Nurses shall use cross-cultural knowledge and culturally sensitive skills in implementing culturally congruent nursing care.
Cross-cultural practice in nursing involves a complex combination of knowledge of diverse cultural practices and worldviews, reflective self-awareness of own cultural world-view, attitudes about cultural differences, and skills in cross-cultural assessment and communications (Anderson et al.,2010; Andrews, 1992; Campinha-Bacote, 2010; Lipson, Dibble, & Minarik, 2005).
Cross-cultural practice begins with a thorough assessment of the physical, psychological, and cultural foci as the basis of planning care. Cultural assessment entails examining the sociocultural, ethical, and sociopolitical features that are uniquely situated within the health–illness continuum of diverse clients. Inherent in effective assessment are cross-cultural communication skills, used to maximize common understanding and shared meaning of the health–illness encounter of the culturally diverse client (Kreps & Kunimoto, 1994).
Competence in cross-cultural practice requires experience and continued interest in learning and in sharpening cultural assessment and communication skills. Although nurses may achieve a certain degree of competence in some diverse cultures, they cannot be totally competent in all cultures (Eubanks et al., 2010). Yet nurses are more likely to achieve culturally competent cross-cultural care when the complex combination of cultural knowledge, awareness, attitudes, and skills are used dynamically for cultural assessment of clients’ health beliefs and practices and for negotiating culturally congruent health interventions through skillful cross-cultural communication (Institute of Medicine, 2001; Kleinman, 1990; Lynch & Hanson, 1992).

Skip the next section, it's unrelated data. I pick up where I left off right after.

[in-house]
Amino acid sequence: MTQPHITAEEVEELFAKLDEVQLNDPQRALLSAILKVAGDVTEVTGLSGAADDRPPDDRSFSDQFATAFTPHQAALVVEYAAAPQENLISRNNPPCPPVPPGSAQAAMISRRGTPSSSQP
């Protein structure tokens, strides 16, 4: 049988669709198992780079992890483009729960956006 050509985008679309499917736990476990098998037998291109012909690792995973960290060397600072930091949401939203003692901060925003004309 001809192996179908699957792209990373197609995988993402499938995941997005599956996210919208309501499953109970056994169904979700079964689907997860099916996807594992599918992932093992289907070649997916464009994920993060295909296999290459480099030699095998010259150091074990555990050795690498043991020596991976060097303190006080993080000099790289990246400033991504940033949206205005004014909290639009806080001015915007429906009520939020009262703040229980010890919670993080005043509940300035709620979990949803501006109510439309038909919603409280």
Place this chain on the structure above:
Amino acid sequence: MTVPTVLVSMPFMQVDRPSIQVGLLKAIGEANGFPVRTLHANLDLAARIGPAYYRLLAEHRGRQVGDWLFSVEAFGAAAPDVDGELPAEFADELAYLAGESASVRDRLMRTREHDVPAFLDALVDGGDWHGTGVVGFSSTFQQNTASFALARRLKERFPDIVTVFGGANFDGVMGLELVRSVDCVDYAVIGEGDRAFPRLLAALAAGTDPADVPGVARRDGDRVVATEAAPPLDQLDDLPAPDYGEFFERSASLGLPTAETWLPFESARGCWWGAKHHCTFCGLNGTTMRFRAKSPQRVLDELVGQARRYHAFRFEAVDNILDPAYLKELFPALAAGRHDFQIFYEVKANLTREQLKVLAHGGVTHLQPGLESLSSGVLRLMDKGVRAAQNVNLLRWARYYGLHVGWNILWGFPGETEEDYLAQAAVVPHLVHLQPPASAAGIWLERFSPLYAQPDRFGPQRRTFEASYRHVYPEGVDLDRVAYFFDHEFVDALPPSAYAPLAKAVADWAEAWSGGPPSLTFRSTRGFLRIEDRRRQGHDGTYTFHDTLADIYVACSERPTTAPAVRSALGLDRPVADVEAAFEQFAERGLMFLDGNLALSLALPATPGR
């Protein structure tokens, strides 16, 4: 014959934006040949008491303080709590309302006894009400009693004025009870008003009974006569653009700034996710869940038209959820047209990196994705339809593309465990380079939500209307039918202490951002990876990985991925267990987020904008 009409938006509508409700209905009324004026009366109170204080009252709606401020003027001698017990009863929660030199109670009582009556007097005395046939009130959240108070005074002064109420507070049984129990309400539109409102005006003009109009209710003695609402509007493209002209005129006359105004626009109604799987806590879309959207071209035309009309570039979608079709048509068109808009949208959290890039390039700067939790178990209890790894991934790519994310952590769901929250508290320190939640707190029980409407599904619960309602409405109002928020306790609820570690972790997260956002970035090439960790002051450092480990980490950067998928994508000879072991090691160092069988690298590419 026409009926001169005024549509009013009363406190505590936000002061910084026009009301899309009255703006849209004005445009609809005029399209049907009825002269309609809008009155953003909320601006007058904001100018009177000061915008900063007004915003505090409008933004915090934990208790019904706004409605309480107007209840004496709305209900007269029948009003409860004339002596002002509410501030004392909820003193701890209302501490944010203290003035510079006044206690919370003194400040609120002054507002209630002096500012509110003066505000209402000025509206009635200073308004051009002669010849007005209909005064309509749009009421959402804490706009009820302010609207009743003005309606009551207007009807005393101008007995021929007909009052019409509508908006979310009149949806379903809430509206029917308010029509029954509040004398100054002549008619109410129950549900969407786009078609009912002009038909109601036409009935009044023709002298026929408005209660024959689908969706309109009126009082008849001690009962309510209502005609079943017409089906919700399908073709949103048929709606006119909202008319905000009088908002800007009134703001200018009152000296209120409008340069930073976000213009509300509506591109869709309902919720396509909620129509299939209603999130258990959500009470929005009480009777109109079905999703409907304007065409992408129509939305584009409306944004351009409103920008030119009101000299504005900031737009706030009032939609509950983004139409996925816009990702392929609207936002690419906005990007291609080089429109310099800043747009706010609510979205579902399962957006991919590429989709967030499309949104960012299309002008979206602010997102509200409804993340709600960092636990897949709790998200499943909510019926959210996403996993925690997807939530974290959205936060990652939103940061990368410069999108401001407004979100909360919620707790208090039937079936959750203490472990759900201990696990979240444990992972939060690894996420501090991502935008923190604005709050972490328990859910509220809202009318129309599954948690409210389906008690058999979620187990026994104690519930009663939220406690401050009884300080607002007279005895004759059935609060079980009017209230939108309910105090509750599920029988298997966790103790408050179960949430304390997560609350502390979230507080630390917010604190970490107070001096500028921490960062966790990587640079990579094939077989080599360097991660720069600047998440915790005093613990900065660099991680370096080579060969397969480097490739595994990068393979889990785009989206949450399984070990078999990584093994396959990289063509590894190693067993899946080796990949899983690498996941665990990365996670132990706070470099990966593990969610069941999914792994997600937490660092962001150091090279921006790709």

Implementation of this guideline will be influenced by the level of nurses’ knowledge of client’s cultural health beliefs and practices, by their intentional reflection on their own attitudes, by their skill in cross-cultural communication (Eubanks et al., 2010; Meleis & Hattar-Pollara, 1995; World Health Organization, 2000) and by their ability to assess and implement culturally congruent care. To ensure adequate preparation of nursing students, these variables must be fully integrated throughout the nursing curriculum. To enhance nurses’ competency in cross-cultural practice, clinical institutions and health care facilities need to provide ongoing educational workshops as well as mentoring and training geared toward the continuous development of nurses’ cultural knowledge and skills for effective cross-cultural practice.